Posted: 3/25/2021 12:18:53 PM
The COVID-19 pandemic disrupted North Jersey’s freight system, but the public and private sectors drew on lessons from previous disruptions to rapidly restore effective operations. Now they must turn to adapting the system to address lasting impacts of the crisis. Those are among the conclusions of COVID-19 and North Jersey Freight, an report issued as part of the NJTPA’s research for sits upcoming long-range transportation plan, Plan 2050: Transportation, People, Opportunity.
According to the paper, available on the Plan 2050 website, experience with September 11, 2001 and Superstorm Sandy “helped the region’s freight sector respond and adjust” to the pandemic. In particular, the region recognized the importance of “collaboration, coordination, and communication” to prevent the shutdown of distribution of food and other essential goods.
One example of collaboration was the formation of the New Jersey Food and Supply Chain Team with members of government, industry and the non-profit sector. Among other efforts, the team helped address food shortages in the state by assisting with repurposing goods that were not being used by closed restaurants. The Council on Port Performance, formed during Superstorm Sandy, helped ensure continued port operations. After a sharp decline in containers handled at the port in spring 2020, volumes bounced back to record levels by the fall, according the paper.
The crisis accelerated several trends that had already been underway, leading to lasting changes in regional freight. One was the growth of e-commerce. According to the paper, in 2010, e-commerce sales represented 6.4 percent of all U.S. retail sales. That grew to 21.3 percent in 2020, a 44 percent increase over the previous year. Companies have had to adjust their supply and distribution operations, including investing in new warehouse facilities. They have also faced labor shortages.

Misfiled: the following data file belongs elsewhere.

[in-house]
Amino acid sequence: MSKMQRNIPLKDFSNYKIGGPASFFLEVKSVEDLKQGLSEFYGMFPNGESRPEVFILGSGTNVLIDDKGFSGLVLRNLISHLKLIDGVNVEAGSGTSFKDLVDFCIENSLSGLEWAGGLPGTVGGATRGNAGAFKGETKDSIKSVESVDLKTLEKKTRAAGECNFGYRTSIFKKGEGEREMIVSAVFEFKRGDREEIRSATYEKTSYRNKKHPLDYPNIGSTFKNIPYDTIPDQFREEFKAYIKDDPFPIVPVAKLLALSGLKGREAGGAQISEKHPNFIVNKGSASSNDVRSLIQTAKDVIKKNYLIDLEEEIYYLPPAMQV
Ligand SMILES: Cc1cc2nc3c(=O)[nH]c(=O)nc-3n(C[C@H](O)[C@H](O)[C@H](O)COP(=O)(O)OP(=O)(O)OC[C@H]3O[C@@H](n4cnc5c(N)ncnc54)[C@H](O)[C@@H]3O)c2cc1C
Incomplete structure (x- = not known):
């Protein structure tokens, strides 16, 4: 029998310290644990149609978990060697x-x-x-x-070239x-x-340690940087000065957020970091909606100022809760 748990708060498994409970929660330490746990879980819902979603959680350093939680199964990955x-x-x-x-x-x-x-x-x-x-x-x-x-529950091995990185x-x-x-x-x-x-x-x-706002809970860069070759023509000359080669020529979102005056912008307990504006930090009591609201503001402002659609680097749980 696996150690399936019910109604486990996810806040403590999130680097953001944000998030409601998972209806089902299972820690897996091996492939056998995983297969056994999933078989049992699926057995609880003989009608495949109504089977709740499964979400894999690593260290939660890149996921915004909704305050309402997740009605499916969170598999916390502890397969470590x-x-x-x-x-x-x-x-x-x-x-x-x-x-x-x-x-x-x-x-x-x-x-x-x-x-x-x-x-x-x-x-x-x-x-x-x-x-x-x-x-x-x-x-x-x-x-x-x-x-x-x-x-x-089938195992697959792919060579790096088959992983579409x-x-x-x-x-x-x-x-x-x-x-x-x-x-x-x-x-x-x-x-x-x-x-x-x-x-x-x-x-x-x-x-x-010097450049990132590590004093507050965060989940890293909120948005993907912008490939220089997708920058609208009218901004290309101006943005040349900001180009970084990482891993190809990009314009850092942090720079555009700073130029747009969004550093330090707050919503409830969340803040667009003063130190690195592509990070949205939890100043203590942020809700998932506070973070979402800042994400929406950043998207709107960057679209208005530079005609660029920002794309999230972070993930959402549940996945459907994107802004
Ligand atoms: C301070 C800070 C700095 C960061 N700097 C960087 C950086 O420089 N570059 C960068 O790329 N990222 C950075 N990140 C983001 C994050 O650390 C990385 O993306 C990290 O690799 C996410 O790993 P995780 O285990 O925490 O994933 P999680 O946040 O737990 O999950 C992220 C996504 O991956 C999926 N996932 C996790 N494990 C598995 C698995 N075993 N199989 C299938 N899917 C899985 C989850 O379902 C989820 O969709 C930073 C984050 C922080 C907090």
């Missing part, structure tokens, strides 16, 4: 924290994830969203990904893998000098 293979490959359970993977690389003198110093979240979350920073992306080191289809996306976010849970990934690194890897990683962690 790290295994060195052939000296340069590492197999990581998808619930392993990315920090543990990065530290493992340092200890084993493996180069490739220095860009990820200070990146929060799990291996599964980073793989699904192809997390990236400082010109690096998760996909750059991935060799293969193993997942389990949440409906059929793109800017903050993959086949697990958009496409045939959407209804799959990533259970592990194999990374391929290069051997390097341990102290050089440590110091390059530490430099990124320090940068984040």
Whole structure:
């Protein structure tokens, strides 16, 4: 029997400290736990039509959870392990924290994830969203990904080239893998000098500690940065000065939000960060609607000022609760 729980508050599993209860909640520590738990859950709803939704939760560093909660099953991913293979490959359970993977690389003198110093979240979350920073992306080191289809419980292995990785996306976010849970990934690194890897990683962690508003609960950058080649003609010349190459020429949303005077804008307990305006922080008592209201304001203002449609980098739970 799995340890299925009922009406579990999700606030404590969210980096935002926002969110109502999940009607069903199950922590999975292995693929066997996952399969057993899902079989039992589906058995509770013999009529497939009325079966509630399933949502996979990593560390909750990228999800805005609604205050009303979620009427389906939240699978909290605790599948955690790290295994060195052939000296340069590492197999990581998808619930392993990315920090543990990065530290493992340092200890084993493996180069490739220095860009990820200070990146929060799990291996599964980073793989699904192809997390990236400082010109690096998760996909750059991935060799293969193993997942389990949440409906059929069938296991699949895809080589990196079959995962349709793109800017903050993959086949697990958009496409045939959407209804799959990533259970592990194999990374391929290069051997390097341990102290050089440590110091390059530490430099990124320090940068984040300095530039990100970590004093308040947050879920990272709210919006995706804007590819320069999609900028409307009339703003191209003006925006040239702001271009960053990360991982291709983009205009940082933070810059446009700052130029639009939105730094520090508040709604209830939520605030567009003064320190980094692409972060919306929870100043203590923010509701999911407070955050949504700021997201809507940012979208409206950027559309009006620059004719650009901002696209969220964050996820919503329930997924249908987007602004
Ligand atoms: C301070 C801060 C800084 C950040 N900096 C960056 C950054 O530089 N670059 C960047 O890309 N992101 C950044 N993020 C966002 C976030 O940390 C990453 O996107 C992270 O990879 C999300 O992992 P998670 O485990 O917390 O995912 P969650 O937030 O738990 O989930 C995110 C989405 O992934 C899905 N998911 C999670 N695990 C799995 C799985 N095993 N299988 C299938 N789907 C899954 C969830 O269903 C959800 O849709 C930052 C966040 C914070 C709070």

Among other changes cited in the paper were shifting production from unreliable overseas suppliers, maintaining more inventory on-hand, and enhanced deployment of technology and automation options.
As part of efforts to meet these trends, the paper calls for continued efforts to optimize the region’s multimodal freight system and “to apply effective practices, learn new lessons and pivot to the changing needs of people and businesses.”
Posted: 3/9/2021 3:30:07 PM
Infrastructure could benefit from a swirl of changes taking place in Washington, D.C., according to Erich Zimmermann, Deputy Director of the National Association of Regional Council (NARC).
Zimmermann, who is also NARC’s Director of Transportation Programs, presented a Federal Transportation Policy and Legislative Outlook at Monday’s Board of Trustees meeting.
He cited the new administration, shift in control of the U.S. Senate, and efforts to drive economic development as the nation works to recover from the COVID-19 pandemic among the factors that could lead to infrastructure investment.
While the latest federal COVID-19 relief bill does not include funding for bridges or highways, Zimmerman said NARC expects infrastructure to be at the center of a COVID recovery package, which could include funding for roads and bridges, transit, electrical grids and broadband and more.
Zimmerman also noted that the Biden Administration has indicated it supports the Gateway Program, which would improve capacity along the Northeast Corridor. Related projects could see funding in the future.
Watch the full presentation below.